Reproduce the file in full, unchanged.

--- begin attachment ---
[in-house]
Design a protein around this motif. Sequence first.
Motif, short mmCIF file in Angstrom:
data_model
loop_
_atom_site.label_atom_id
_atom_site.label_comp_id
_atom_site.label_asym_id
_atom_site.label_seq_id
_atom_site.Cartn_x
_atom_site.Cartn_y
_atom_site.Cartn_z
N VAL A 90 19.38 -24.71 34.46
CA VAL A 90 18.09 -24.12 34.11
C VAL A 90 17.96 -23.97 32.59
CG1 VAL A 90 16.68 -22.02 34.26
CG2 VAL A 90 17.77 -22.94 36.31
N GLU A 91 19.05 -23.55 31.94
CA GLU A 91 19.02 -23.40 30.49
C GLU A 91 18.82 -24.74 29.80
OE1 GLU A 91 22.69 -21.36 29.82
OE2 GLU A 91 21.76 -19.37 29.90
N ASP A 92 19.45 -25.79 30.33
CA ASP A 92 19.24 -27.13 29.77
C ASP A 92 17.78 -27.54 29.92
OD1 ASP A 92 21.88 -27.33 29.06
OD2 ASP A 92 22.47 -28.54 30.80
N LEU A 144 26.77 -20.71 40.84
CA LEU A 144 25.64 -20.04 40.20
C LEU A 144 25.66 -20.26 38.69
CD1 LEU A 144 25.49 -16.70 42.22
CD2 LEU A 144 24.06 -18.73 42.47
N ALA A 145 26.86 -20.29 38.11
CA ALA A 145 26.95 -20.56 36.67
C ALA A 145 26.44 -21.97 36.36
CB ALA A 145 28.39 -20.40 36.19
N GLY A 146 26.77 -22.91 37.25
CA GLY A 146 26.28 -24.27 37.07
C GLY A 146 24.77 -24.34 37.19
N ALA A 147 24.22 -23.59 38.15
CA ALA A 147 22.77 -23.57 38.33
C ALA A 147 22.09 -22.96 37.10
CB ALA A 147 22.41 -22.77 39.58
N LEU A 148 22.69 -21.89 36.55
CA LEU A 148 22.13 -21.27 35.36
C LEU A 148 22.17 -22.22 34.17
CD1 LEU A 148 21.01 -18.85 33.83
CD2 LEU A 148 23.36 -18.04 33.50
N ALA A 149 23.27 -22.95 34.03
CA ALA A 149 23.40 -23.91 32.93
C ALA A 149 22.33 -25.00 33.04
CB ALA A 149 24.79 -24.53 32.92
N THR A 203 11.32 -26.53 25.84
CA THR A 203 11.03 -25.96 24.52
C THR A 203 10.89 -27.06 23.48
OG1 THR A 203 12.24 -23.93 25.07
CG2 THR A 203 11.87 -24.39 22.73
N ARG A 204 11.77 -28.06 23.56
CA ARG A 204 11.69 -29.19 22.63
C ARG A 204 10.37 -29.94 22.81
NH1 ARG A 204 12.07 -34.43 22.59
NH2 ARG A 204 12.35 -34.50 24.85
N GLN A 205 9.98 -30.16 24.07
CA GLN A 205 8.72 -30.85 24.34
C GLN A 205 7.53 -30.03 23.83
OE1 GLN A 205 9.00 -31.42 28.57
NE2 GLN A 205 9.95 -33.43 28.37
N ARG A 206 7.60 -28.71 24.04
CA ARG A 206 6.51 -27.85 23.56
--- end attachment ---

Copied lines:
[in-house]
Design a protein around this motif. Sequence first.
Motif, short mmCIF file in Angstrom:
data_model
loop_
_atom_site.label_atom_id
_atom_site.label_comp_id
_atom_site.label_asym_id
_atom_site.label_seq_id
_atom_site.Cartn_x
_atom_site.Cartn_y
_atom_site.Cartn_z
N VAL A 90 19.38 -24.71 34.46
CA VAL A 90 18.09 -24.12 34.11
C VAL A 90 17.96 -23.97 32.59
CG1 VAL A 90 16.68 -22.02 34.26
CG2 VAL A 90 17.77 -22.94 36.31
N GLU A 91 19.05 -23.55 31.94
CA GLU A 91 19.02 -23.40 30.49
C GLU A 91 18.82 -24.74 29.80
OE1 GLU A 91 22.69 -21.36 29.82
OE2 GLU A 91 21.76 -19.37 29.90
N ASP A 92 19.45 -25.79 30.33
CA ASP A 92 19.24 -27.13 29.77
C ASP A 92 17.78 -27.54 29.92
OD1 ASP A 92 21.88 -27.33 29.06
OD2 ASP A 92 22.47 -28.54 30.80
N LEU A 144 26.77 -20.71 40.84
CA LEU A 144 25.64 -20.04 40.20
C LEU A 144 25.66 -20.26 38.69
CD1 LEU A 144 25.49 -16.70 42.22
CD2 LEU A 144 24.06 -18.73 42.47
N ALA A 145 26.86 -20.29 38.11
CA ALA A 145 26.95 -20.56 36.67
C ALA A 145 26.44 -21.97 36.36
CB ALA A 145 28.39 -20.40 36.19
N GLY A 146 26.77 -22.91 37.25
CA GLY A 146 26.28 -24.27 37.07
C GLY A 146 24.77 -24.34 37.19
N ALA A 147 24.22 -23.59 38.15
CA ALA A 147 22.77 -23.57 38.33
C ALA A 147 22.09 -22.96 37.10
CB ALA A 147 22.41 -22.77 39.58
N LEU A 148 22.69 -21.89 36.55
CA LEU A 148 22.13 -21.27 35.36
C LEU A 148 22.17 -22.22 34.17
CD1 LEU A 148 21.01 -18.85 33.83
CD2 LEU A 148 23.36 -18.04 33.50
N ALA A 149 23.27 -22.95 34.03
CA ALA A 149 23.40 -23.91 32.93
C ALA A 149 22.33 -25.00 33.04
CB ALA A 149 24.79 -24.53 32.92
N THR A 203 11.32 -26.53 25.84
CA THR A 203 11.03 -25.96 24.52
C THR A 203 10.89 -27.06 23.48
OG1 THR A 203 12.24 -23.93 25.07
CG2 THR A 203 11.87 -24.39 22.73
N ARG A 204 11.77 -28.06 23.56
CA ARG A 204 11.69 -29.19 22.63
C ARG A 204 10.37 -29.94 22.81
NH1 ARG A 204 12.07 -34.43 22.59
NH2 ARG A 204 12.35 -34.50 24.85
N GLN A 205 9.98 -30.16 24.07
CA GLN A 205 8.72 -30.85 24.34
C GLN A 205 7.53 -30.03 23.83
OE1 GLN A 205 9.00 -31.42 28.57
NE2 GLN A 205 9.95 -33.43 28.37
N ARG A 206 7.60 -28.71 24.04
CA ARG A 206 6.51 -27.85 23.56